In 2020, the Portland truck factory where the eCascadia is built achieved carbon-neutral production with reduced energy consumption and the offset of onsite emissions. Daimler plans to incorporate carbon-neutral production at its remaining truck factories by 2025.

Electrek’s Take

Well, this certainly makes sense. If you want to sell electric semis, what better way to instill confidence in customers than demonstrating that you trust your product by deploying it yourself? Why would you sell eCascadias and then move the parts for those eCascadias around in diesel semi trucks, if you didn’t have to?

This is the best form of authenticity. I hope Daimler quickly rolls out more of its own eCascadias and for longer trips, too.

Photos: Daimler Truck North America

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Tesla releases Powershare bidirectional charging – on Cybertruck only, so far




Tesla releases Powershare bidirectional charging – on Cybertruck only, so far

Tesla has just delivered the first Cybertrucks, and with them comes a feature that we’ve been waiting for for a while: bidirectional charging.

Tesla has talked a bit about bidirectional charging in the past, but always seemed a little wishy-washy about bringing it to market. In its Investor Day presentation in March, Tesla VP Drew Baglino stated that the company could have bidirectional charging in two years, but CEO Elon Musk immediately threw some cold water on that statement, saying  “I don’t think very many people are going to want to use bidirectional charging, unless you have a Powerwall, because if you unplug your car, your house goes dark, and this is extremely inconvenient.”

Now, nine months after that event, Tesla has released a vehicle that has bidirectional charging equipped – and its branding suggests that more vehicles will have the same capability in the future.

Tesla’s Cybertruck delivery event today was pretty light on details, and we’ve had to comb over the website to find out any sort of specs. And in the website we noticed one new feature that was completely absent from the presentation: Powershare.

Powershare is, apparently, Tesla’s new bidirectional charging feature which seems to include vehicle-to-load, vehicle-to-home, vehicle-to-vehicle capabilities (V2L, V2H and V2V).

V2L refers to a vehicle’s capability to power equipment – in this case, through five outlets – 2 x 120V 20A in the bed and cabin each, and 1 x 240 40A outlet in the bed. This can be used for work equipment, or for camping or other mobile power necessities (emergency response, for example).

We already learned that Cybertruck would be capable of some bidirectional charging features when specs leaked earlier this month. Those specs suggested to us that it would have ~12kW output capability, but today Tesla confirms that the Cybertruck has 9.6kW worth of continuous power combined through five outlets in the vehicle. By way of comparison, the F-150 Lightning has more outlets, but the same total 9.6kW maximum draw with the upgraded Pro Power Onboard package (and 2.4kW without).

But Cybertruck does have 11.5kW output capability from its V2H system, which allows it to power a home in the event of a power outage or grid instability.

The Lightning can also power a home, but that requires an additional $3,900 unit, plus installation costs. Tesla’s solution is no different – in order to power your home you will need additional equipment, seemingly in the form of Tesla’s Universal Wall Connector ($595) and Gateway ($1,800) products, and optionally Tesla’s Backup Switch (though this may depend on your utility).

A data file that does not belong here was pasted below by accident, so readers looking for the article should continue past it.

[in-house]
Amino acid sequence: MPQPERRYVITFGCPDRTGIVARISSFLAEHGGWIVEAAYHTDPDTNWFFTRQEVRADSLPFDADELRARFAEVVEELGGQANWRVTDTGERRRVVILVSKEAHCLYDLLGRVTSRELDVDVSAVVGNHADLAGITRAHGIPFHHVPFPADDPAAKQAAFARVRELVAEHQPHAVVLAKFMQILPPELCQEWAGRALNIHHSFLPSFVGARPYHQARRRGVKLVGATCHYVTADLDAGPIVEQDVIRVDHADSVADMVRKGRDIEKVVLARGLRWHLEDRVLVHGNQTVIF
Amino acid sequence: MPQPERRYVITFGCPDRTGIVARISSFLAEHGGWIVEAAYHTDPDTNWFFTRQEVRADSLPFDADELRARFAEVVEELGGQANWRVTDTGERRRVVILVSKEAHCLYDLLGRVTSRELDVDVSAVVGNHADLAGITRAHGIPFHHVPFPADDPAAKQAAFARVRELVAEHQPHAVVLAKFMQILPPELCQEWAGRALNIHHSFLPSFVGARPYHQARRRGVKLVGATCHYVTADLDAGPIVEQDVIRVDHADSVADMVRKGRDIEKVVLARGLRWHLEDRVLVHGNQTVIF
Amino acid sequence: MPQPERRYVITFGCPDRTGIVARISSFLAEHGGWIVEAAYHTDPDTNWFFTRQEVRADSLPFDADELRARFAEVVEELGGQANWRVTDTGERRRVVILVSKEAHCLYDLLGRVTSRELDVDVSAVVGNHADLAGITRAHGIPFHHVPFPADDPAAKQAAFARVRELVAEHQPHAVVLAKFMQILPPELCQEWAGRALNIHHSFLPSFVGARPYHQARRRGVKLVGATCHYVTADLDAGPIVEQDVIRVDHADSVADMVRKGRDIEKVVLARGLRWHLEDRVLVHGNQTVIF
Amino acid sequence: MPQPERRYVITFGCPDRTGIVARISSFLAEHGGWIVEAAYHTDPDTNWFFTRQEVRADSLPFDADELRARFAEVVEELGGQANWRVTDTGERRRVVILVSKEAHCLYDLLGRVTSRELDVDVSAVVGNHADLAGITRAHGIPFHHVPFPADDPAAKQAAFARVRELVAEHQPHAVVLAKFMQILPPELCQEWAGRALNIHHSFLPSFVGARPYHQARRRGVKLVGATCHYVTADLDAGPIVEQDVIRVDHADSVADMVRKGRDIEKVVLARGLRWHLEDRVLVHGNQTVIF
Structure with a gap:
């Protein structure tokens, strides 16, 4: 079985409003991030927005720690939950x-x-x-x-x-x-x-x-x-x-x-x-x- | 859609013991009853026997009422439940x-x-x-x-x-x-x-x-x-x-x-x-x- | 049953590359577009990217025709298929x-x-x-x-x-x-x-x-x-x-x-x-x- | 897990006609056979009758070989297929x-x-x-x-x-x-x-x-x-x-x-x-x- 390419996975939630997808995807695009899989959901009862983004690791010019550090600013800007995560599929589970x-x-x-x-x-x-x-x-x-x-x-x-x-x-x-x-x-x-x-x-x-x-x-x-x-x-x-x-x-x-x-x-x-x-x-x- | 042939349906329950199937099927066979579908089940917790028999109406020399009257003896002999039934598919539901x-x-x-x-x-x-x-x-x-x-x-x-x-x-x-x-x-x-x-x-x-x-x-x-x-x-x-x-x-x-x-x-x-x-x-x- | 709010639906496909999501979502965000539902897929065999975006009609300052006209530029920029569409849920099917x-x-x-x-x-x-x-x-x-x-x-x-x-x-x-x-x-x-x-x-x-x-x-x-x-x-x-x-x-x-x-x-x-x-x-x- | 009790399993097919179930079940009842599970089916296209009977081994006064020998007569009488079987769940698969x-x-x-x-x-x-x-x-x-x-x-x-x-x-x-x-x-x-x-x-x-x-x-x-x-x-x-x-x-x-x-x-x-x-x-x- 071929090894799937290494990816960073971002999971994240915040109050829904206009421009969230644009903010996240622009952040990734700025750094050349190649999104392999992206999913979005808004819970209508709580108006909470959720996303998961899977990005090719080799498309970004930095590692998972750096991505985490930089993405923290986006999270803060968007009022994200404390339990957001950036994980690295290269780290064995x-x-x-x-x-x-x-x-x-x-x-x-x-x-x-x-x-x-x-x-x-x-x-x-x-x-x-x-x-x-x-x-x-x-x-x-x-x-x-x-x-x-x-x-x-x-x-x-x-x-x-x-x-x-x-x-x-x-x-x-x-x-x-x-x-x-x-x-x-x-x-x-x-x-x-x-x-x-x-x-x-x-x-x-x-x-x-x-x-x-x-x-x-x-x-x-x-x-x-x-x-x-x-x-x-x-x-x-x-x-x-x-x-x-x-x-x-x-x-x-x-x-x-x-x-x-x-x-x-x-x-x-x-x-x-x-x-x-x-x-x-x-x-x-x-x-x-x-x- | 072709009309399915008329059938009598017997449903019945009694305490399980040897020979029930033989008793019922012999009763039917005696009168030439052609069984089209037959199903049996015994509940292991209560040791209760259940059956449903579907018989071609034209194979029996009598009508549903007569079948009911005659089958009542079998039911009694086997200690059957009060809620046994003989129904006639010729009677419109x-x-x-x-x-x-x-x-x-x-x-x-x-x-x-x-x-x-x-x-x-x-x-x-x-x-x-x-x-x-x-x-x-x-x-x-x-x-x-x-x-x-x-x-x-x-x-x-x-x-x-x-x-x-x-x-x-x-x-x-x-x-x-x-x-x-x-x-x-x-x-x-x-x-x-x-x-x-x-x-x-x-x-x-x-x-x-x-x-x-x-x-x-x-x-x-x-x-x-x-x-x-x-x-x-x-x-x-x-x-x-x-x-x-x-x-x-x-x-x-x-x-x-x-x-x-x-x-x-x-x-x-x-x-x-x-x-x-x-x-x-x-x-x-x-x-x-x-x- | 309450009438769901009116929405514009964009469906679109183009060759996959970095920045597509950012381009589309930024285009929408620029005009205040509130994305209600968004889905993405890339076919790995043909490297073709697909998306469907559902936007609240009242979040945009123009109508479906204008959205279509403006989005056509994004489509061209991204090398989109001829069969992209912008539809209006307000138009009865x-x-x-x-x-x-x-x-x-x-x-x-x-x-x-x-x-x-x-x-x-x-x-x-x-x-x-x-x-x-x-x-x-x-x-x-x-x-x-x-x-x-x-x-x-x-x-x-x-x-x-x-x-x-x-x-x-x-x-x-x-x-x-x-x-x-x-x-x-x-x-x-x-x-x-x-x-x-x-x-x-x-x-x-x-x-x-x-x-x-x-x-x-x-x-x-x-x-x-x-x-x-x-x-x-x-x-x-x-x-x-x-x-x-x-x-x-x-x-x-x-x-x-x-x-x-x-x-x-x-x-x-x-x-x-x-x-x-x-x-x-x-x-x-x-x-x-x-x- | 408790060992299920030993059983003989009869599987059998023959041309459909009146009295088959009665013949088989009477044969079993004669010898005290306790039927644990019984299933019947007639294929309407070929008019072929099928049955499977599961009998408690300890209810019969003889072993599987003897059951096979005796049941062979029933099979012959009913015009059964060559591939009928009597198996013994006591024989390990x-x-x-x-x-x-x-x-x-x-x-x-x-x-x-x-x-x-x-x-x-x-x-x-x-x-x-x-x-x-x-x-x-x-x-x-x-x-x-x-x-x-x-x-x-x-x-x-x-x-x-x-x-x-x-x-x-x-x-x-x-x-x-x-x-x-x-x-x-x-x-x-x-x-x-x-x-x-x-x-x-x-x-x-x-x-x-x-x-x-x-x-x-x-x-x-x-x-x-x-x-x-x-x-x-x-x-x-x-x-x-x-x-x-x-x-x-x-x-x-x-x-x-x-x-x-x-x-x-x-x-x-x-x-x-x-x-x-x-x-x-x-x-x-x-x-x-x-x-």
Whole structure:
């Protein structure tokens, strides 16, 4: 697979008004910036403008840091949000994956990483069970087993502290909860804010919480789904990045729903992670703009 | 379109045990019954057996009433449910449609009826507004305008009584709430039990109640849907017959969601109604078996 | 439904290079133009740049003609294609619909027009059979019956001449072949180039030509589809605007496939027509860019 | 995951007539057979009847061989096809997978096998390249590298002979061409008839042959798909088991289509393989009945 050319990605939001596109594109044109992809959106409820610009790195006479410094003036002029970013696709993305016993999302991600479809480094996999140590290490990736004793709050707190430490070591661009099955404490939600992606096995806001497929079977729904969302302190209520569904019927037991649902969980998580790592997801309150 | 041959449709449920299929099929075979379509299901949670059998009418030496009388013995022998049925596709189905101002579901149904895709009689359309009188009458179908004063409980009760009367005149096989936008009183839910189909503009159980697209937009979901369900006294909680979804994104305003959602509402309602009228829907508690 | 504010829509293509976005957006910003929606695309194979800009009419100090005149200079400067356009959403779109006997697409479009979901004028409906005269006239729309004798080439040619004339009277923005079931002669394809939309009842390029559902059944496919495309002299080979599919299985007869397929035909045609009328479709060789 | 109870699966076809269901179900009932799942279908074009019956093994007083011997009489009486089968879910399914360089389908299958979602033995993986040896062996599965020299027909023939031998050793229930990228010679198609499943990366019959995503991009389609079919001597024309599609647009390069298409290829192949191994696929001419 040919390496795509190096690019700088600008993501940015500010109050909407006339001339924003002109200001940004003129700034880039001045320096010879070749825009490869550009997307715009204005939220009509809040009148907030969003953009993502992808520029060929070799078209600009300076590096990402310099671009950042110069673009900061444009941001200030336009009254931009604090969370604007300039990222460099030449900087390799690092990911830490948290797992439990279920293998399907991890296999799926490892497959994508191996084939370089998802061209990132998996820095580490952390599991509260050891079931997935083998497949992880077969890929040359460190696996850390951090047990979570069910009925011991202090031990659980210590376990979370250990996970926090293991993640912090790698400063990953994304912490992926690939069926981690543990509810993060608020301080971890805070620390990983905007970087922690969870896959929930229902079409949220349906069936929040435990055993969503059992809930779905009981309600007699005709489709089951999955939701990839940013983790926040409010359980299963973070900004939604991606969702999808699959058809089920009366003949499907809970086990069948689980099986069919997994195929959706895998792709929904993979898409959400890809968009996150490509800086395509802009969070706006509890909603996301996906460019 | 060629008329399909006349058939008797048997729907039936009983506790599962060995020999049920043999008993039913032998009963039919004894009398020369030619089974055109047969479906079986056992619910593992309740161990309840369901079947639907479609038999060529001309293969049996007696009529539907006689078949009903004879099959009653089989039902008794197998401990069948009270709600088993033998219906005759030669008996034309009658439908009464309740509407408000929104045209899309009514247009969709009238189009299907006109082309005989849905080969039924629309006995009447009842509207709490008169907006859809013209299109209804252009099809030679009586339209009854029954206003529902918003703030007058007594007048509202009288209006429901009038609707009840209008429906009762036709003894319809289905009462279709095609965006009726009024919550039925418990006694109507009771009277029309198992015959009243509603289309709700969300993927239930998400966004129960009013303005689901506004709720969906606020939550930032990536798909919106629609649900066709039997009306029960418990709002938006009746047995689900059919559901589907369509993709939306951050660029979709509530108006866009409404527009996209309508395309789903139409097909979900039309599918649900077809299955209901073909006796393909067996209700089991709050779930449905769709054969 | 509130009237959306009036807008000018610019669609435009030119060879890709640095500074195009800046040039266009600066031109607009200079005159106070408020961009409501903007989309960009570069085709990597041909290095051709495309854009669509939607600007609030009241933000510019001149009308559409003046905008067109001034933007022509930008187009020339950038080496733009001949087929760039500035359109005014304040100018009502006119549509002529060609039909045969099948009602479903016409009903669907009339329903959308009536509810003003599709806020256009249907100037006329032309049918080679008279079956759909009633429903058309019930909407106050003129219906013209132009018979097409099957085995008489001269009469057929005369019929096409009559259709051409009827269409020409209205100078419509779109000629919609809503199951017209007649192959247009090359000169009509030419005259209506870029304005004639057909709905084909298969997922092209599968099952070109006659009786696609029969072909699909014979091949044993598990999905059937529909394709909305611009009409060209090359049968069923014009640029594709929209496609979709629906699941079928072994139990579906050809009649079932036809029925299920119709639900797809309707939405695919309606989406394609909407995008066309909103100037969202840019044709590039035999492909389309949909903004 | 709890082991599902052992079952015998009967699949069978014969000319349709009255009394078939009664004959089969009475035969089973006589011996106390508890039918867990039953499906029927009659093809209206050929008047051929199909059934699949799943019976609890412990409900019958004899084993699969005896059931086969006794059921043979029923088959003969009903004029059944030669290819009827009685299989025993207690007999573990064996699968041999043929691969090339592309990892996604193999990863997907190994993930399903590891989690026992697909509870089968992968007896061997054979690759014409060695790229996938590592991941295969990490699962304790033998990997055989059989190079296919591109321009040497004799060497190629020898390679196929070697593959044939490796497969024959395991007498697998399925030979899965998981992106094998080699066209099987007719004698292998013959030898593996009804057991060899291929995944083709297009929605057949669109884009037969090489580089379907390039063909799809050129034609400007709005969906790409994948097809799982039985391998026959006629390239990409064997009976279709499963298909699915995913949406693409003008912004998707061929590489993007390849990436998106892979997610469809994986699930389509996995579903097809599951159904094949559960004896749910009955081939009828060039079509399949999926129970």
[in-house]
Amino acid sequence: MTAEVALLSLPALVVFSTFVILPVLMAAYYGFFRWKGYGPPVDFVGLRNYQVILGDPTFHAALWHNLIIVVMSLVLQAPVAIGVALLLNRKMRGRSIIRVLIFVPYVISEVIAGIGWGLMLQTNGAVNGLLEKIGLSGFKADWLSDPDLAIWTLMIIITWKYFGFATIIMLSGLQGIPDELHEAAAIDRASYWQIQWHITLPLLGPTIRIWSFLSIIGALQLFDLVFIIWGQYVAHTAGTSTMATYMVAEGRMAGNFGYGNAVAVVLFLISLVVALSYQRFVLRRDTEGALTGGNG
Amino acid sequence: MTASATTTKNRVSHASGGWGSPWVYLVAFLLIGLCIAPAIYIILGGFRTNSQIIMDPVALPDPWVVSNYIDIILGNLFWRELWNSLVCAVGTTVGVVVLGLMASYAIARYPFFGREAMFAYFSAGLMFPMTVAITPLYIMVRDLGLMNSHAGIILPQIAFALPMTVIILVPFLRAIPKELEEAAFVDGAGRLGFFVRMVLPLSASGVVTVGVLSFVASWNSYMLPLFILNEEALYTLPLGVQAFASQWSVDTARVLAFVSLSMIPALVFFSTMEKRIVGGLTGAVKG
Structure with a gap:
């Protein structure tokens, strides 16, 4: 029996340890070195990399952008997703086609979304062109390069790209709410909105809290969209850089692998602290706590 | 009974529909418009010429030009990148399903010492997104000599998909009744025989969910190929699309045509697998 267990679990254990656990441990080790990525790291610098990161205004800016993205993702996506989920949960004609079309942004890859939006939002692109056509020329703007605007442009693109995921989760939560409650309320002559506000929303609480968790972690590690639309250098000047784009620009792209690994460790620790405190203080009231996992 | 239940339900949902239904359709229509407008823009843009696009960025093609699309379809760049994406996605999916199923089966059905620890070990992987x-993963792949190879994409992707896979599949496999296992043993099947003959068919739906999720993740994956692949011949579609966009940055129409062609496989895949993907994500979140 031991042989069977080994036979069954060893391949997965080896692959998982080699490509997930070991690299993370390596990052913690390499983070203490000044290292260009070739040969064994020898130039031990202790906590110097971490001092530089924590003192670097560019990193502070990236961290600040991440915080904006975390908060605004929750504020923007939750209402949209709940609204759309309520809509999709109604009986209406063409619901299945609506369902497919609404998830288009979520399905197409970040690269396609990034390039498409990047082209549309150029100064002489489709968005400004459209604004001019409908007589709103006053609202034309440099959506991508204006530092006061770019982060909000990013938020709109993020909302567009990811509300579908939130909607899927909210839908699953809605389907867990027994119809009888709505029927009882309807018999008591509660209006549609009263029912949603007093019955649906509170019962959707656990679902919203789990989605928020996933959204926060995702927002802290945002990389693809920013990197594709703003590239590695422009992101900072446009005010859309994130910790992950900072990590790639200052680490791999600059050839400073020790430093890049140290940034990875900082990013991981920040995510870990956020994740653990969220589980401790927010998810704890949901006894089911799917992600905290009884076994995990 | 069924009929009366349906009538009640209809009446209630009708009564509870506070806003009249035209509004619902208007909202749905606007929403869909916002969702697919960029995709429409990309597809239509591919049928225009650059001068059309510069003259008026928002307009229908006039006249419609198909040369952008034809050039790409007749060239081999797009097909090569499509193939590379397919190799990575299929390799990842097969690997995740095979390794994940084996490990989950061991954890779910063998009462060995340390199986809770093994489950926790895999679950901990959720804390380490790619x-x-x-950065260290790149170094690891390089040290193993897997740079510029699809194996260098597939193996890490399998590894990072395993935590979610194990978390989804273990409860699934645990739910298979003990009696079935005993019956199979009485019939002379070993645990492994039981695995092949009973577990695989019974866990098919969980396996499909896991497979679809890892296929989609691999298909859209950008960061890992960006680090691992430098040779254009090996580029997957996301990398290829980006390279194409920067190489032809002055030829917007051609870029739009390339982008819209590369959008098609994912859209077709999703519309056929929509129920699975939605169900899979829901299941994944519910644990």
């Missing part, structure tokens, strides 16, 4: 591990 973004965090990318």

But the big difference here is the existence of the Tesla Powerwall, and Tesla says that homes with Powerwall and Tesla’s Wall Connector installed will be ready to use Powershare without additional equipment (although it refers to alternately its Wall Connector and Universal Wall Connector, so we’re not sure which one is compatible, or both, or whether you need one made after a certain year, or what).

This is actually a huge deal, because Tesla already has an installed base of Powerwall users who can plug in without having to change anything in their homes. Lightning users might be hesitant to spend another $4,000+ just to make their home more resistant to power outages, but Powerwall owners have already spent (significantly more than that) on a solution that works with the bidirectional charging capability on the car.

So this would, essentially, turn a Powerwall with its 13.5kWh worth of storage into one with 100+kWh of storage (or whatever the size of the Cybertruck’s battery is – even after first deliveries, we still don’t know for sure).

Tesla says that Powershare can power a home for “over three days,” assuming the home uses an average of 30kWh per day (my home, for reference, uses 10kWh per day). This works out to a Cybertruck battery capacity of over 90kWh, but less than 120kWh.

The Cybertruck also has a higher continuous output capability than the Powerwall, with Cybertruck at 11.5kW and the Powerwall at 5kW.

So this could be big for V2H, because previously it has been more of a niche application. Tesla, having a market already built of houses that are V2H-capable, might see much higher usage of this capability.

Tesla also says that Powershare will be capable of V2V, or using the Cybertruck’s battery to charge another electric vehicle. We’ve seen something like this with the Lightning, where Ford cheekily released an adapter letting its Lightning charge up Teslas that need some juice. And with a NEMA 14-50 plug in the back, which is somewhat of a “standard” for EV charging, this should be something that a lot of cars already have an adapter for – including anyone with the Tesla Mobile Connector kit which used to come with every Tesla vehicle.

As of now, Powershare is only available on the Cybertruck, but the fact that Tesla has branded it with its own name suggests that it will be available on other vehicles in the future. Tesla’s website says it’s “currently” available for Cybertruck only, but doesn’t mention a timeline beyond that.